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Pol 168: Latin@ Politics Professor B. Jones Dept. of Political Science UC-Davis Fall 2009 What is Latino Politics Research? Academic focus on race/ethnic politics typically on African-Americans …which seems natural given historical circumstances.

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Pol 168 latin@ politics l.jpg

Pol 168: Latin@ Politics

Professor B. Jones

Dept. of Political Science

UC-Davis

Fall 2009


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What is Latino Politics Research?

  • Academic focus on race/ethnic politics typically on African-Americans

  • …which seems natural given historical circumstances.

  • But as a separate field, Latino Politics has seen considerable growth…

  • But what is it?


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Central Issues and Themes in Political Science Research on Latinos

  • Identity Politics and Community

    • “Do Latinos Exist?” (Dominguez 1994)

    • Blurred distinction between race and ethnicity

  • The concept of “Latino” is an American concept

    • As such, it is sort of a clearinghouse term

    • Sometimes, hard to know what it means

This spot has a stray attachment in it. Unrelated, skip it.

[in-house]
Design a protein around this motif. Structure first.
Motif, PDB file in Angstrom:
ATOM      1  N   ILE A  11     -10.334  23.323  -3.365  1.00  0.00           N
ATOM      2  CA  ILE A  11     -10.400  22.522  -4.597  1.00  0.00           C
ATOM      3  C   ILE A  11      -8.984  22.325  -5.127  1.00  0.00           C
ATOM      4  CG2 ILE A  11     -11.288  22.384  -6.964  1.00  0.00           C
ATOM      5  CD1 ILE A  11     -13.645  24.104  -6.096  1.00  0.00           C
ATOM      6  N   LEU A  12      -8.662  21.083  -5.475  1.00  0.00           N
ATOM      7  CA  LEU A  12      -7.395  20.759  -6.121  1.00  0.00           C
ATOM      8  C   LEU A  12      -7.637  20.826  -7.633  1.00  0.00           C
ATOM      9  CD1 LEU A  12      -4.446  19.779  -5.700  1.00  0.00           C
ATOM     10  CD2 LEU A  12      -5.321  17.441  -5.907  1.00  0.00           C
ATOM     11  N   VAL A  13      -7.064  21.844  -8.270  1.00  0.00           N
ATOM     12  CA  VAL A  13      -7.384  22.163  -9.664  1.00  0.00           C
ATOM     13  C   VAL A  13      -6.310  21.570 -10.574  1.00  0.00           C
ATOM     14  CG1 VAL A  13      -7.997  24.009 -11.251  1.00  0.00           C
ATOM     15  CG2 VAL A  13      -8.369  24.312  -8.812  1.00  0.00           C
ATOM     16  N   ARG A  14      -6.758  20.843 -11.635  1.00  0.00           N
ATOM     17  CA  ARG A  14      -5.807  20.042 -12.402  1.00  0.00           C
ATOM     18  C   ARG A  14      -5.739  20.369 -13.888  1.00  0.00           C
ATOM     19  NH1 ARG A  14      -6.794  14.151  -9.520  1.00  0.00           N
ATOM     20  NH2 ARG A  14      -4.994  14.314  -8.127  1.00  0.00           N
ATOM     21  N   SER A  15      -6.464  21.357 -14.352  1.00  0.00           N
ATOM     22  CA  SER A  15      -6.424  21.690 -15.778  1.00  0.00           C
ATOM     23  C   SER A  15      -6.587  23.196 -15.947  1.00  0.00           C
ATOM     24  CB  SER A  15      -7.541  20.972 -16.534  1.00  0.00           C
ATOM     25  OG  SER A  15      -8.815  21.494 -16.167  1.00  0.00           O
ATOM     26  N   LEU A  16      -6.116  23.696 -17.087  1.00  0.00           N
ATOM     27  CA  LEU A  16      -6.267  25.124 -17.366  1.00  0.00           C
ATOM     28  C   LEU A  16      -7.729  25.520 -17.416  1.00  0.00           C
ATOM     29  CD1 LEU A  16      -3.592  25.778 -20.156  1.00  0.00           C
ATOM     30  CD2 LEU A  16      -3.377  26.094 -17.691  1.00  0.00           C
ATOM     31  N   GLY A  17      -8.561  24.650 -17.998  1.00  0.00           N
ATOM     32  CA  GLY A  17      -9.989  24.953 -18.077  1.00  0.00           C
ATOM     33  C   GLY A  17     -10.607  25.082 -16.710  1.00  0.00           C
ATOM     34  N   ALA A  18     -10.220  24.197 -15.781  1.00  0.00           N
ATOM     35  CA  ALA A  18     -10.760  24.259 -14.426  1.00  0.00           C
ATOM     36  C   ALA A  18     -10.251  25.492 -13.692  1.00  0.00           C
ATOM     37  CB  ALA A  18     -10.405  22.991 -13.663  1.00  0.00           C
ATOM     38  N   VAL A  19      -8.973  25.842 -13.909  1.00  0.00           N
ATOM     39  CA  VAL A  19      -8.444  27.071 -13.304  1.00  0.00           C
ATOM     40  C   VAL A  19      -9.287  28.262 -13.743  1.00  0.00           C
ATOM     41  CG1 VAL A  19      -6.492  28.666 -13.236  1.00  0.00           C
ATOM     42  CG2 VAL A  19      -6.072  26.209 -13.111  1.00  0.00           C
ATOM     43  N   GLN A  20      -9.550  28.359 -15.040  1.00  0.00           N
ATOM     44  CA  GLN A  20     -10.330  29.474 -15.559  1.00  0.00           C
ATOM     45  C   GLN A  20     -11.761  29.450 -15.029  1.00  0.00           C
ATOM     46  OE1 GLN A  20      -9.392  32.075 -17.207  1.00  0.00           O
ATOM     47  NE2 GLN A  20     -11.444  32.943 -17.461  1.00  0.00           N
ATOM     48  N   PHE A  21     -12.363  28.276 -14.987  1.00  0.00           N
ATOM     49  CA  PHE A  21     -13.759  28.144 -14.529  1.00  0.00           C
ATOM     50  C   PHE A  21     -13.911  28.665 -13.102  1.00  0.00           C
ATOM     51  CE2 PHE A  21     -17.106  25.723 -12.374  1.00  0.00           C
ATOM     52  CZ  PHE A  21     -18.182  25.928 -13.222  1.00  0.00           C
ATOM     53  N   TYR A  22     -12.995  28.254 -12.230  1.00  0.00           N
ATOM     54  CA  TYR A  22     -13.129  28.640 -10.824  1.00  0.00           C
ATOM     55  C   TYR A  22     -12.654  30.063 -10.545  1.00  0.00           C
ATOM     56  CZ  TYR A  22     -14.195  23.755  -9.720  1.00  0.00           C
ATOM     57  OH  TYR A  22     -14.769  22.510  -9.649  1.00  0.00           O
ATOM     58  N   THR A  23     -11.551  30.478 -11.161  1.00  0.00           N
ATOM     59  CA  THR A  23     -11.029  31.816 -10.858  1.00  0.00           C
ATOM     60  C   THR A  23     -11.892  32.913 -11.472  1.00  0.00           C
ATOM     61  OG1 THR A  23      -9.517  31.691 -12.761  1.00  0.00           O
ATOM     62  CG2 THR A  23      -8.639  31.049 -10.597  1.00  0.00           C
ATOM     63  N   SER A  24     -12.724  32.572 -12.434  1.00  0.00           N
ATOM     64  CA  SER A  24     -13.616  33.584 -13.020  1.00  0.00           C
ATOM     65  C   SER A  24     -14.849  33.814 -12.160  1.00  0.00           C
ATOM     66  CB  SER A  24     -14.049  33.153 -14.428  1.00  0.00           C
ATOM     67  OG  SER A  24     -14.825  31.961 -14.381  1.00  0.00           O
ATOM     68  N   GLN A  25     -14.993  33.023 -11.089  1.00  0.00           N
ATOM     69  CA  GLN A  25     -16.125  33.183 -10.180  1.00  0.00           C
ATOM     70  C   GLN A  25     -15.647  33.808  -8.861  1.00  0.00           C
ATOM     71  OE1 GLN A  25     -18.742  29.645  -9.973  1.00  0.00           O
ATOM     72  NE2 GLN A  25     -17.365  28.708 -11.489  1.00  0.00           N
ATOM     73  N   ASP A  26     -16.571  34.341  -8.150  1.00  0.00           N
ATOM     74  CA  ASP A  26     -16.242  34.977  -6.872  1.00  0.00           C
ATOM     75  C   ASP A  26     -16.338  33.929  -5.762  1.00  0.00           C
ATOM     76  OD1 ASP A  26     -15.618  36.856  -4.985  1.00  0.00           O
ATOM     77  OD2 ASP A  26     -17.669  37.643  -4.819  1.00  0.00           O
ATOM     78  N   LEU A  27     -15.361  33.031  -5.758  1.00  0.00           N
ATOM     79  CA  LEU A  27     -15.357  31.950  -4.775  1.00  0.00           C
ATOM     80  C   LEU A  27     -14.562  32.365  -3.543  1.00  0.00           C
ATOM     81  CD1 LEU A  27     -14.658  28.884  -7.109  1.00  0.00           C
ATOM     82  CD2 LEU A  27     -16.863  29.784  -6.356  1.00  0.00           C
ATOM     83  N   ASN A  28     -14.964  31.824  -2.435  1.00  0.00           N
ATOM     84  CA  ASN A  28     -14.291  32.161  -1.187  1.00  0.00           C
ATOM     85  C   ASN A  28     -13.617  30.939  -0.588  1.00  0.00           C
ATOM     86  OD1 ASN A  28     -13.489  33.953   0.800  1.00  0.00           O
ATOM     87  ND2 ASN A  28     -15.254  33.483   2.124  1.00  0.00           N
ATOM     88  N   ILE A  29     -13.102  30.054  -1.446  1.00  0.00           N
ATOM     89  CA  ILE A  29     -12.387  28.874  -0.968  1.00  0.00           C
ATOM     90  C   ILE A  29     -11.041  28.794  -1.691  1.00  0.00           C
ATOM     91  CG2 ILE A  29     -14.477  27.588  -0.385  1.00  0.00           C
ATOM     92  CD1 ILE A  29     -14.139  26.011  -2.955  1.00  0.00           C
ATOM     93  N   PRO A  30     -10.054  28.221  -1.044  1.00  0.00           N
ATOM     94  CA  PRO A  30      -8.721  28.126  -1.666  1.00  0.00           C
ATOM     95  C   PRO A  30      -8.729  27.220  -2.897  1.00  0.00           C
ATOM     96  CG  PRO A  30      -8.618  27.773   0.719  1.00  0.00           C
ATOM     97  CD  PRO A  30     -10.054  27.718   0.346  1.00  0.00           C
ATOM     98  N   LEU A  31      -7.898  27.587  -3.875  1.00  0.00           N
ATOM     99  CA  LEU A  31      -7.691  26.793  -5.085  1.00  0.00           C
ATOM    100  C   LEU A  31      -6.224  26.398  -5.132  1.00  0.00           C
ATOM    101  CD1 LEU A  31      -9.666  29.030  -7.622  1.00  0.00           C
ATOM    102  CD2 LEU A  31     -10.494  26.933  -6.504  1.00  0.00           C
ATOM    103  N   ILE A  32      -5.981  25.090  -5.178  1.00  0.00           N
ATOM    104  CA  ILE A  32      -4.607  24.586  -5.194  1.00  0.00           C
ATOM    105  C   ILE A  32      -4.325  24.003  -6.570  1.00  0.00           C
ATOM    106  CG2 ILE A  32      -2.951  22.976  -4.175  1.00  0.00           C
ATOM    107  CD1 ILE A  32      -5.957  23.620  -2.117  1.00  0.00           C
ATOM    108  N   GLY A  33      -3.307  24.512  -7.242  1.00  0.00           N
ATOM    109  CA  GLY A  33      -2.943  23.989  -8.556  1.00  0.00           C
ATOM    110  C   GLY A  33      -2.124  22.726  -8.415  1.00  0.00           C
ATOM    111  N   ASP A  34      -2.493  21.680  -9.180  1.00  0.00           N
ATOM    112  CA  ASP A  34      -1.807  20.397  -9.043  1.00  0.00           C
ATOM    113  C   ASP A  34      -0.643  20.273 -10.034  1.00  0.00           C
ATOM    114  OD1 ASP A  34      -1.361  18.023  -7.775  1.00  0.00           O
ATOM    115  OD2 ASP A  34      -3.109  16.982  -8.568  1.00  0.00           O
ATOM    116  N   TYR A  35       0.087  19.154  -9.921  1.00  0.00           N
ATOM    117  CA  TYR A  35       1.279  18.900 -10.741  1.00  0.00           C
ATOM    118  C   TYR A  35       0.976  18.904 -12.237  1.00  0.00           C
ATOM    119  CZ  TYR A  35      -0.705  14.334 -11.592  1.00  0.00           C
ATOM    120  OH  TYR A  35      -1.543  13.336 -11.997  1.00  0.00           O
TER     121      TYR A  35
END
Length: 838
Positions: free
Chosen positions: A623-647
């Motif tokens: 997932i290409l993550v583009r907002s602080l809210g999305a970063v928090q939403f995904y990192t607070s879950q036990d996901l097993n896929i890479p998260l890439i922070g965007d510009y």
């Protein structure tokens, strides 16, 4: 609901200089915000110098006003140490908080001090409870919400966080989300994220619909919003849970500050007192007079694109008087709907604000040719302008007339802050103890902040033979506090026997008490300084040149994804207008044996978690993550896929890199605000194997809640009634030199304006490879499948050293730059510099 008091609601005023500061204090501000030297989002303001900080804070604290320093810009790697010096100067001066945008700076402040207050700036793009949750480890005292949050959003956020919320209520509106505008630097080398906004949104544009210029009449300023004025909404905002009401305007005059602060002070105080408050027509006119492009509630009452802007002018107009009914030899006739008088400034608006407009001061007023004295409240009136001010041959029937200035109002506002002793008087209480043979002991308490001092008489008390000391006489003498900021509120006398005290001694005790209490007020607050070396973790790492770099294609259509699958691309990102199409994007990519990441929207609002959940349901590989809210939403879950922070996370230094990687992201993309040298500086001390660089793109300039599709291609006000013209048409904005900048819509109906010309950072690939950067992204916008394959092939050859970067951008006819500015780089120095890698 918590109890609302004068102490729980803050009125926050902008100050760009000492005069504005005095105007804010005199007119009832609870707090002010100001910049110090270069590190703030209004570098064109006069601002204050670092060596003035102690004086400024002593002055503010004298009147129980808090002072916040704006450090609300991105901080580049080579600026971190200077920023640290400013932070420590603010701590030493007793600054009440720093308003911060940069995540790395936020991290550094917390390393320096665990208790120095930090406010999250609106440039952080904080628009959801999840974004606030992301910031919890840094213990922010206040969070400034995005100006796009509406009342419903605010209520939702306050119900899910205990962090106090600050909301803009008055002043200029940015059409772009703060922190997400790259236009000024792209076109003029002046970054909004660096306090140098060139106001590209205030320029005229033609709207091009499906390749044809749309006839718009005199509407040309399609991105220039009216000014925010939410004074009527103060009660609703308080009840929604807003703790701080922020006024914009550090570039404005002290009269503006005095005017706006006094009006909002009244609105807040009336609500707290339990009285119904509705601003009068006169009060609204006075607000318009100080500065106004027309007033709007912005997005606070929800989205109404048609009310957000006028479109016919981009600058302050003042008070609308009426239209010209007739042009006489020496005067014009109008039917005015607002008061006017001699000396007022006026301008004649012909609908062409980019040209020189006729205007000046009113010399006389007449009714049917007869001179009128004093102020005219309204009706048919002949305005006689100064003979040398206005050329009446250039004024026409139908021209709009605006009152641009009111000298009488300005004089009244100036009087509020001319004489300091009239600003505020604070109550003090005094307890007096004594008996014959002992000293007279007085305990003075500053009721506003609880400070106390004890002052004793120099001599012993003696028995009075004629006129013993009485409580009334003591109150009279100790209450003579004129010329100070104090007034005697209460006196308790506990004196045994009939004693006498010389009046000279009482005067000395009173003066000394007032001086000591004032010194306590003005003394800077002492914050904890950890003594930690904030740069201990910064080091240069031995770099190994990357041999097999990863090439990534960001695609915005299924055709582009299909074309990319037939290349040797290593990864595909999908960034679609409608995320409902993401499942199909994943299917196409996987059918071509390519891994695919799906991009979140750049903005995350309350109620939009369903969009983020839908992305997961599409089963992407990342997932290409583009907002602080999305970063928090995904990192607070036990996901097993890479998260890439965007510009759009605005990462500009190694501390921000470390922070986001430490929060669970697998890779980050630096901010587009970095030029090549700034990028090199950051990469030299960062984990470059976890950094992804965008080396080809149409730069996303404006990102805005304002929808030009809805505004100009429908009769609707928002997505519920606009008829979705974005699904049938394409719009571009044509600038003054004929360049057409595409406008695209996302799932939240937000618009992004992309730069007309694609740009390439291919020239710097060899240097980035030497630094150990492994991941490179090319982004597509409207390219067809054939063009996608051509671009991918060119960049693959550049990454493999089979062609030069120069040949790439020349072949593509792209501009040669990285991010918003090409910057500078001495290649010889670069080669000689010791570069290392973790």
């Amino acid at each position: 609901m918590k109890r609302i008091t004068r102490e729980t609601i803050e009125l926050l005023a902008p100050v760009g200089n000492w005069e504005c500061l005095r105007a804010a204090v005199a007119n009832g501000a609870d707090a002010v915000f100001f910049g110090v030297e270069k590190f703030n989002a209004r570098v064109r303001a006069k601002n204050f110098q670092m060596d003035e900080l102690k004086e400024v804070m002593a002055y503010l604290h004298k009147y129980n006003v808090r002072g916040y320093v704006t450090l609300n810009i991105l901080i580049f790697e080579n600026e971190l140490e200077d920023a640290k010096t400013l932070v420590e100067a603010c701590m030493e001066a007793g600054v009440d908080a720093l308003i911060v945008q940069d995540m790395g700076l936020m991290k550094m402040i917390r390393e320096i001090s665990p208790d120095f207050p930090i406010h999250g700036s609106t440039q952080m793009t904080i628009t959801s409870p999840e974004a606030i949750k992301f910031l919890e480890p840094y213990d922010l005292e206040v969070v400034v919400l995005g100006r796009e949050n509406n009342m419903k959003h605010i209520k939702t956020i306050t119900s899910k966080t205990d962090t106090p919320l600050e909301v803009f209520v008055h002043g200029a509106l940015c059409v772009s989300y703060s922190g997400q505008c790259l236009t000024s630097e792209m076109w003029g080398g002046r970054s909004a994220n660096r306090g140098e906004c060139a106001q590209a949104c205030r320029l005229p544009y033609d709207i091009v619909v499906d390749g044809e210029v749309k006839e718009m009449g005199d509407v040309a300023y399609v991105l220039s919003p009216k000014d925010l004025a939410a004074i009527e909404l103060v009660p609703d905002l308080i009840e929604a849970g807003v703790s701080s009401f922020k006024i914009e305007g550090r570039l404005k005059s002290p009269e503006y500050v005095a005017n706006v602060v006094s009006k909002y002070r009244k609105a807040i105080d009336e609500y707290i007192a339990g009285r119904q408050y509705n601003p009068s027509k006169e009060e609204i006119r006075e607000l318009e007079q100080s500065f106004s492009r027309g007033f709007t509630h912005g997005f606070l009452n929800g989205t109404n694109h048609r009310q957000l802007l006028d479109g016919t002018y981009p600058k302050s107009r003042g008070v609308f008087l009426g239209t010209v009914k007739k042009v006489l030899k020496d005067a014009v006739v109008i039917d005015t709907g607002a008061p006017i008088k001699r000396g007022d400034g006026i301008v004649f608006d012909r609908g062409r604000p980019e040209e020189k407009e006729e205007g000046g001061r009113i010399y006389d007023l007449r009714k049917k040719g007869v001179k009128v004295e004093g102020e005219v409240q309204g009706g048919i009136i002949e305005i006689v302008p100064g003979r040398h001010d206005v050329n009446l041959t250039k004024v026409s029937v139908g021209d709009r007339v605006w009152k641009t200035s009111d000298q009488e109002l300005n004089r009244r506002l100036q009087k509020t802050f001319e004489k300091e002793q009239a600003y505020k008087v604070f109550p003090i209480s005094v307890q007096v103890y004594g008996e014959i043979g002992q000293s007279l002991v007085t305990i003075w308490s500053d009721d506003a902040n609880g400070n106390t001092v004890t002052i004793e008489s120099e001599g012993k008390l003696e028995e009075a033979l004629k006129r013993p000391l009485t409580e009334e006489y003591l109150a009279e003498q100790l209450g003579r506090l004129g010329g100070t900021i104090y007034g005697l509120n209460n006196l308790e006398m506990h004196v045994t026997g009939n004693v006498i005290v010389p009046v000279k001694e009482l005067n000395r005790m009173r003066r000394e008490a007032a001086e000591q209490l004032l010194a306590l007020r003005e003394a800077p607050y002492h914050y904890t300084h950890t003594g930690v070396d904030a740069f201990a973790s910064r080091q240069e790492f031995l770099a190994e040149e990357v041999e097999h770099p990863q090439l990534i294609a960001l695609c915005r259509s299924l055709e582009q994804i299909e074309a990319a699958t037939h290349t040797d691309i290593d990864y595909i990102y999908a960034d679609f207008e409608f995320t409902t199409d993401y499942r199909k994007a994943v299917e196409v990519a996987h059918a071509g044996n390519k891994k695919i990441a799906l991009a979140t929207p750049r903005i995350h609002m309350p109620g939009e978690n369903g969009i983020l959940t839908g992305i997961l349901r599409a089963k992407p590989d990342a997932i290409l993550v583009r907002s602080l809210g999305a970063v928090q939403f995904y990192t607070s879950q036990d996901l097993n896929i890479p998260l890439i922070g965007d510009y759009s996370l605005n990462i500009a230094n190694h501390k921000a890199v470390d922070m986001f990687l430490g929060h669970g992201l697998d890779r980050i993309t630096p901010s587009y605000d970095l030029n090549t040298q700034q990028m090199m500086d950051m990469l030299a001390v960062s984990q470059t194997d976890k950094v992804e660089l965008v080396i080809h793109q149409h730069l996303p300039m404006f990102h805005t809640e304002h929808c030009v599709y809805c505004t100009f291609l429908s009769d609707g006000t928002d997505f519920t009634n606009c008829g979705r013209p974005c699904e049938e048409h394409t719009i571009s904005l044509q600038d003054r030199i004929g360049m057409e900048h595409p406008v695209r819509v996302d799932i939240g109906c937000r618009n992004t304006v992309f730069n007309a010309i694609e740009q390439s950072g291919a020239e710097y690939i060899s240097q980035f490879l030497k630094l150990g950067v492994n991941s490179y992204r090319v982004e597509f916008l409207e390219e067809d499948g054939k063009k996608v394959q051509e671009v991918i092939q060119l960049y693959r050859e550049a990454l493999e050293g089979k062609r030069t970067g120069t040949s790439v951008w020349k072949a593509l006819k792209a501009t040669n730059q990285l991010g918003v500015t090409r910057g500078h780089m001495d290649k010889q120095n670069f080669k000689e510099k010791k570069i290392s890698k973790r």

• Is there a “Latino Vote”?


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The “Latino Vote”

  • “Courting the Latino Vote”

  • Analysis from CBS news (from 7/08 but basic points relevant) http://www.youtube.com/watch?v=tKOQ96diBNQ

  • So what is the Latino vote?

  • BTW, California Field Poll August 2009: 21% of registered voters are Latino.


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Identity Politics

  • A bloc implies identity?

  • A prominent research question is the extent to which Latinos have common interests…

  • Share a community…

  • Have a common identity

  • In literature on Af.-Americans, a prominent theme is the concept of “linked fate.”


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Linked Fate

  • “Linked fate represents a stage of identification that starts with a feeling of closeness to others who identify with the group label and involves the acceptance of the belief that individual life chances are inextricably tied to the group as a whole” (Simien, Journal of Black Studies, 35: 529-550)

  • Dawson, M. C. (1994). Behind the mule: Race and class in African American politics. Princeton, NJ: Princeton University Press.

  • Does a similar concept apply to Latinos? Why? Why not?

  • Does such a thing need to exist to sustain Latino identity?


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Shared Identity

  • Do Guatemalans “identify” with Mexicans?

  • Or El Salvadorans, Hondurans, Cubans, Chileans, Colombians, Puerto Ricans, Venezuelans, Argentinians, … ?

  • And all as “Latino”?

  • Probably Not…

  • but does this preclude the possibility of Latino Identity?


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Latino Identity

  • Mobilization and Collective Action Research important here! (Why an important question?)

  • Social Movement research important too.

  • Can these things evoke “identity?”

  • Importance of people like César Chávez